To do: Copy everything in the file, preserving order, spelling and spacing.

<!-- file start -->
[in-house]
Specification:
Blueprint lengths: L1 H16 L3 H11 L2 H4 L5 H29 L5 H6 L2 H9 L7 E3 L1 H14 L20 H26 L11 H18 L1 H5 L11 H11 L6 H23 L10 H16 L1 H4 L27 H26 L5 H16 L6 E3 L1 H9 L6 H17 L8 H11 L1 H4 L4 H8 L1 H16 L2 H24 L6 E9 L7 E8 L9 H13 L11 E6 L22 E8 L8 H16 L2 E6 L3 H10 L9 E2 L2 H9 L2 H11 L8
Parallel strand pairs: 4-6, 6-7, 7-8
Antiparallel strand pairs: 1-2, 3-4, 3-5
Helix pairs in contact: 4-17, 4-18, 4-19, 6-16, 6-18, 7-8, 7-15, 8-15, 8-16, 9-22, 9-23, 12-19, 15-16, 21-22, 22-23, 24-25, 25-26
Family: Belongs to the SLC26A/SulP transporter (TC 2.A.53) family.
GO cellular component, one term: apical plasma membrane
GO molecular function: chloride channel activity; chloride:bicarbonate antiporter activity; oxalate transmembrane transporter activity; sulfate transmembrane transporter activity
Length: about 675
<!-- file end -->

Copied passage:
[in-house]
Specification:
Blueprint lengths: L1 H16 L3 H11 L2 H4 L5 H29 L5 H6 L2 H9 L7 E3 L1 H14 L20 H26 L11 H18 L1 H5 L11 H11 L6 H23 L10 H16 L1 H4 L27 H26 L5 H16 L6 E3 L1 H9 L6 H17 L8 H11 L1 H4 L4 H8 L1 H16 L2 H24 L6 E9 L7 E8 L9 H13 L11 E6 L22 E8 L8 H16 L2 E6 L3 H10 L9 E2 L2 H9 L2 H11 L8
Parallel strand pairs: 4-6, 6-7, 7-8
Antiparallel strand pairs: 1-2, 3-4, 3-5
Helix pairs in contact: 4-17, 4-18, 4-19, 6-16, 6-18, 7-8, 7-15, 8-15, 8-16, 9-22, 9-23, 12-19, 15-16, 21-22, 22-23, 24-25, 25-26
Family: Belongs to the SLC26A/SulP transporter (TC 2.A.53) family.
GO cellular component, one term: apical plasma membrane
GO molecular function: chloride channel activity; chloride:bicarbonate antiporter activity; oxalate transmembrane transporter activity; sulfate transmembrane transporter activity
Length: about 675